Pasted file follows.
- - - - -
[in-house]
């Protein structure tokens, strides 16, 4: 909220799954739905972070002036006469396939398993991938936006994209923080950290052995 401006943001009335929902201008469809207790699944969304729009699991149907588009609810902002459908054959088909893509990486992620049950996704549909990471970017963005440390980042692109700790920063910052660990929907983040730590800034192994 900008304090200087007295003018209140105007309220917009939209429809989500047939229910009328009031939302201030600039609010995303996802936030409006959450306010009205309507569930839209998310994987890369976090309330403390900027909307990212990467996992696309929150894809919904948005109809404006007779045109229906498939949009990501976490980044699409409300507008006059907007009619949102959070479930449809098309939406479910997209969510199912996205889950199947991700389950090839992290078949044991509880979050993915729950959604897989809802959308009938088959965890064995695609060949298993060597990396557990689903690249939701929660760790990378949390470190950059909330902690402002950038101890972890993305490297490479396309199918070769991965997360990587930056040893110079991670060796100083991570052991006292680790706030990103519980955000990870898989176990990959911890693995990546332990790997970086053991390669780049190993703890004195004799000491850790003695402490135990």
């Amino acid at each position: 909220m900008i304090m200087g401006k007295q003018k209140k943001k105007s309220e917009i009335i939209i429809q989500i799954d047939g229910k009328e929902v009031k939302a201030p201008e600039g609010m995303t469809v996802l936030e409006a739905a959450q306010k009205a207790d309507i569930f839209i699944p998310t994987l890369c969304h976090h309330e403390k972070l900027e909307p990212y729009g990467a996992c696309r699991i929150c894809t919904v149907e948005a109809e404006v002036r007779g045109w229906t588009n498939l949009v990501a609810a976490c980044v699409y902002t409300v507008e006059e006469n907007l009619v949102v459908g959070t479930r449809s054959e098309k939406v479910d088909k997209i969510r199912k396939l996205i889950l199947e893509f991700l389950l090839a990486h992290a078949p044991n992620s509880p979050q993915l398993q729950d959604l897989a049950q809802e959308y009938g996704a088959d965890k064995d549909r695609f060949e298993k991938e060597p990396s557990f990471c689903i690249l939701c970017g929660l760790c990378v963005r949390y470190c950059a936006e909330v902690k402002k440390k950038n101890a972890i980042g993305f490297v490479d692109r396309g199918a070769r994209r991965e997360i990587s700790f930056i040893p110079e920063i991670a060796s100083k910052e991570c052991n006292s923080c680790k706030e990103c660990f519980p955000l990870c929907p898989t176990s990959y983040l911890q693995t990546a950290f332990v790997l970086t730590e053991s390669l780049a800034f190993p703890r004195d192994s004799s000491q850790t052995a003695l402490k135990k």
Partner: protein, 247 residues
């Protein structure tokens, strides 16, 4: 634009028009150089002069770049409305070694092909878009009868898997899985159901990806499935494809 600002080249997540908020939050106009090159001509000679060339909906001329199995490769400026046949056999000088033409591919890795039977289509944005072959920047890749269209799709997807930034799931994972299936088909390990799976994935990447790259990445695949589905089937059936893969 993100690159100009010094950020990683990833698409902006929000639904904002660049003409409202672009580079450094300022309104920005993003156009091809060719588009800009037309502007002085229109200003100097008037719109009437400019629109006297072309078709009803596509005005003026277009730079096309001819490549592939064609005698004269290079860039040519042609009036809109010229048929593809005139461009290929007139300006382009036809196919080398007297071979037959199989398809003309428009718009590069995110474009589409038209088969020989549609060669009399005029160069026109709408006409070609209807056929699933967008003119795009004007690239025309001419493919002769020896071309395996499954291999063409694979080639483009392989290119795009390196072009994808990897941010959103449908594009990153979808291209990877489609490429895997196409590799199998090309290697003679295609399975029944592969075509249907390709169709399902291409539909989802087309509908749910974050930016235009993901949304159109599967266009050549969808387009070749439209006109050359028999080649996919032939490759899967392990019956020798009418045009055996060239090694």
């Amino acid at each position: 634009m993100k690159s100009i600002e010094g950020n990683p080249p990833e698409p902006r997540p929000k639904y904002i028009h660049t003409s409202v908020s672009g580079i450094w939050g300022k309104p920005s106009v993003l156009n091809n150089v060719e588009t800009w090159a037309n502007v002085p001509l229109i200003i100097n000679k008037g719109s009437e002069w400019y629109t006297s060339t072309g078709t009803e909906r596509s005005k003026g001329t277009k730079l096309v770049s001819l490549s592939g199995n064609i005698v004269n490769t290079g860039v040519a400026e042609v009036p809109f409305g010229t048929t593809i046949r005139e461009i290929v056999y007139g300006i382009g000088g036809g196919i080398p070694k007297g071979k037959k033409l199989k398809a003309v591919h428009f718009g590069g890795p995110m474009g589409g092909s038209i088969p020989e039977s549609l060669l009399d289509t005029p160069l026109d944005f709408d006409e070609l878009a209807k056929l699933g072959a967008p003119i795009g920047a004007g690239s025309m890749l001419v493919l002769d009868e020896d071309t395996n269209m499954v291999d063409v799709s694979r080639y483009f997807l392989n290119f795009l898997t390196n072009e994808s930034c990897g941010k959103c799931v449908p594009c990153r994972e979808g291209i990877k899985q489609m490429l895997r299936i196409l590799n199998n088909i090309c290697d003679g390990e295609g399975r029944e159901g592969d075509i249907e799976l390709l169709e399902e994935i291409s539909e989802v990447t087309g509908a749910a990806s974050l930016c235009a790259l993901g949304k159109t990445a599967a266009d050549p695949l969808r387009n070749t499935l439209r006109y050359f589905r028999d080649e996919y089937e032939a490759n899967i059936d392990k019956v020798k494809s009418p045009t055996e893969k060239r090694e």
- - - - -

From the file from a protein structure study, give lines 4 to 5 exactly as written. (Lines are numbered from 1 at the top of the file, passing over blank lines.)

Partner: protein, 247 residues
């Protein structure tokens, strides 16, 4: 634009028009150089002069770049409305070694092909878009009868898997899985159901990806499935494809 600002080249997540908020939050106009090159001509000679060339909906001329199995490769400026046949056999000088033409591919890795039977289509944005072959920047890749269209799709997807930034799931994972299936088909390990799976994935990447790259990445695949589905089937059936893969 993100690159100009010094950020990683990833698409902006929000639904904002660049003409409202672009580079450094300022309104920005993003156009091809060719588009800009037309502007002085229109200003100097008037719109009437400019629109006297072309078709009803596509005005003026277009730079096309001819490549592939064609005698004269290079860039040519042609009036809109010229048929593809005139461009290929007139300006382009036809196919080398007297071979037959199989398809003309428009718009590069995110474009589409038209088969020989549609060669009399005029160069026109709408006409070609209807056929699933967008003119795009004007690239025309001419493919002769020896071309395996499954291999063409694979080639483009392989290119795009390196072009994808990897941010959103449908594009990153979808291209990877489609490429895997196409590799199998090309290697003679295609399975029944592969075509249907390709169709399902291409539909989802087309509908749910974050930016235009993901949304159109599967266009050549969808387009070749439209006109050359028999080649996919032939490759899967392990019956020798009418045009055996060239090694």